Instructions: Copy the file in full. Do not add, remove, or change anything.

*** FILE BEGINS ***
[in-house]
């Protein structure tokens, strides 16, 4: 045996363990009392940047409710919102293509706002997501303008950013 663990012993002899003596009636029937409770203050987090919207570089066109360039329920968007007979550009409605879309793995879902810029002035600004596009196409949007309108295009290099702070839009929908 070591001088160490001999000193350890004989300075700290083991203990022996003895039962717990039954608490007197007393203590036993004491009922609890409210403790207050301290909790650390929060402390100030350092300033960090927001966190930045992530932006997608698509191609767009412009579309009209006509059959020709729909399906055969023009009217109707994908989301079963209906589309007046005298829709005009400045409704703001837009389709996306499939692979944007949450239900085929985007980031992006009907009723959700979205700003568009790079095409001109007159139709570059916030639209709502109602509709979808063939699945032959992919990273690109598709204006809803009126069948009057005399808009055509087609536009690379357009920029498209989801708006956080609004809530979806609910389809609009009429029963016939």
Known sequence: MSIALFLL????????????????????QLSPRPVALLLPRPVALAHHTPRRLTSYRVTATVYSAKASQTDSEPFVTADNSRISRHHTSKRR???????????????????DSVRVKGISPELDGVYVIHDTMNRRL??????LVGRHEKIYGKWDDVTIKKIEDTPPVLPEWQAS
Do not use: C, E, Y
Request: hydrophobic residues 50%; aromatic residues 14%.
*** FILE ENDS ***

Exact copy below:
[in-house]
């Protein structure tokens, strides 16, 4: 045996363990009392940047409710919102293509706002997501303008950013 663990012993002899003596009636029937409770203050987090919207570089066109360039329920968007007979550009409605879309793995879902810029002035600004596009196409949007309108295009290099702070839009929908 070591001088160490001999000193350890004989300075700290083991203990022996003895039962717990039954608490007197007393203590036993004491009922609890409210403790207050301290909790650390929060402390100030350092300033960090927001966190930045992530932006997608698509191609767009412009579309009209006509059959020709729909399906055969023009009217109707994908989301079963209906589309007046005298829709005009400045409704703001837009389709996306499939692979944007949450239900085929985007980031992006009907009723959700979205700003568009790079095409001109007159139709570059916030639209709502109602509709979808063939699945032959992919990273690109598709204006809803009126069948009057005399808009055509087609536009690379357009920029498209989801708006956080609004809530979806609910389809609009009429029963016939």
Known sequence: MSIALFLL????????????????????QLSPRPVALLLPRPVALAHHTPRRLTSYRVTATVYSAKASQTDSEPFVTADNSRISRHHTSKRR???????????????????DSVRVKGISPELDGVYVIHDTMNRRL??????LVGRHEKIYGKWDDVTIKKIEDTPPVLPEWQAS
Do not use: C, E, Y
Request: hydrophobic residues 50%; aromatic residues 14%.